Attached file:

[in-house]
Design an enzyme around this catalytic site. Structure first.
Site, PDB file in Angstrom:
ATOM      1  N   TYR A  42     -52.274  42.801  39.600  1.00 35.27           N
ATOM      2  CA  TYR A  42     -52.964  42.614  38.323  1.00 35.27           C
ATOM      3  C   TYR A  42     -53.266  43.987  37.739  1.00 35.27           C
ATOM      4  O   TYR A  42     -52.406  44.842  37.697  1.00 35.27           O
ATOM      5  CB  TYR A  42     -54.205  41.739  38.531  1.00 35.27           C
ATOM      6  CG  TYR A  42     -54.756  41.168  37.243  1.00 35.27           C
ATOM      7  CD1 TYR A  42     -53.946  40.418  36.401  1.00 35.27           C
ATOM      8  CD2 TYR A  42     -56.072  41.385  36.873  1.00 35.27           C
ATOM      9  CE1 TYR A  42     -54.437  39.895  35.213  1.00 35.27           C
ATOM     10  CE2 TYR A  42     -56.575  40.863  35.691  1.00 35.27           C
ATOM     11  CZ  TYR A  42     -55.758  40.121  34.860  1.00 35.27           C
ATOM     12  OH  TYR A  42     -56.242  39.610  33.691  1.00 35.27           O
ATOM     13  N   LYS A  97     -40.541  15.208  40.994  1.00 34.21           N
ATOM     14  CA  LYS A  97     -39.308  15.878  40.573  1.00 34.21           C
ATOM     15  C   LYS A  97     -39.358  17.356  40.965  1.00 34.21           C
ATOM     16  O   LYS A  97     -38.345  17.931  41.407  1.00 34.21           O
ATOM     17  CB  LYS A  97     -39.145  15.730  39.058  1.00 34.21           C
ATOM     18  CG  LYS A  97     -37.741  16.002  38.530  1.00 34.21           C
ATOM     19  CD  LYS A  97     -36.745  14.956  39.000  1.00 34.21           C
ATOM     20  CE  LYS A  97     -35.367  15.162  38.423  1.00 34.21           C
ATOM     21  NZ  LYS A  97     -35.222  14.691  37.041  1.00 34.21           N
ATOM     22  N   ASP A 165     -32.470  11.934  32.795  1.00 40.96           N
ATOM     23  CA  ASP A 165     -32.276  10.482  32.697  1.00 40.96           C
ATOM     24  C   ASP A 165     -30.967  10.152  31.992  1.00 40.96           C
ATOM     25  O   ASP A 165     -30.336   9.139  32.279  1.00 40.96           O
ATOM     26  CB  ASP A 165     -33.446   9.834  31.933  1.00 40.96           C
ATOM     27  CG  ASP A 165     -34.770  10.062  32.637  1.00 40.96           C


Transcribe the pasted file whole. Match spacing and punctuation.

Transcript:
[in-house]
Design an enzyme around this catalytic site. Structure first.
Site, PDB file in Angstrom:
ATOM      1  N   TYR A  42     -52.274  42.801  39.600  1.00 35.27           N
ATOM      2  CA  TYR A  42     -52.964  42.614  38.323  1.00 35.27           C
ATOM      3  C   TYR A  42     -53.266  43.987  37.739  1.00 35.27           C
ATOM      4  O   TYR A  42     -52.406  44.842  37.697  1.00 35.27           O
ATOM      5  CB  TYR A  42     -54.205  41.739  38.531  1.00 35.27           C
ATOM      6  CG  TYR A  42     -54.756  41.168  37.243  1.00 35.27           C
ATOM      7  CD1 TYR A  42     -53.946  40.418  36.401  1.00 35.27           C
ATOM      8  CD2 TYR A  42     -56.072  41.385  36.873  1.00 35.27           C
ATOM      9  CE1 TYR A  42     -54.437  39.895  35.213  1.00 35.27           C
ATOM     10  CE2 TYR A  42     -56.575  40.863  35.691  1.00 35.27           C
ATOM     11  CZ  TYR A  42     -55.758  40.121  34.860  1.00 35.27           C
ATOM     12  OH  TYR A  42     -56.242  39.610  33.691  1.00 35.27           O
ATOM     13  N   LYS A  97     -40.541  15.208  40.994  1.00 34.21           N
ATOM     14  CA  LYS A  97     -39.308  15.878  40.573  1.00 34.21           C
ATOM     15  C   LYS A  97     -39.358  17.356  40.965  1.00 34.21           C
ATOM     16  O   LYS A  97     -38.345  17.931  41.407  1.00 34.21           O
ATOM     17  CB  LYS A  97     -39.145  15.730  39.058  1.00 34.21           C
ATOM     18  CG  LYS A  97     -37.741  16.002  38.530  1.00 34.21           C
ATOM     19  CD  LYS A  97     -36.745  14.956  39.000  1.00 34.21           C
ATOM     20  CE  LYS A  97     -35.367  15.162  38.423  1.00 34.21           C
ATOM     21  NZ  LYS A  97     -35.222  14.691  37.041  1.00 34.21           N
ATOM     22  N   ASP A 165     -32.470  11.934  32.795  1.00 40.96           N
ATOM     23  CA  ASP A 165     -32.276  10.482  32.697  1.00 40.96           C
ATOM     24  C   ASP A 165     -30.967  10.152  31.992  1.00 40.96           C
ATOM     25  O   ASP A 165     -30.336   9.139  32.279  1.00 40.96           O
ATOM     26  CB  ASP A 165     -33.446   9.834  31.933  1.00 40.96           C
ATOM     27  CG  ASP A 165     -34.770  10.062  32.637  1.00 40.96           C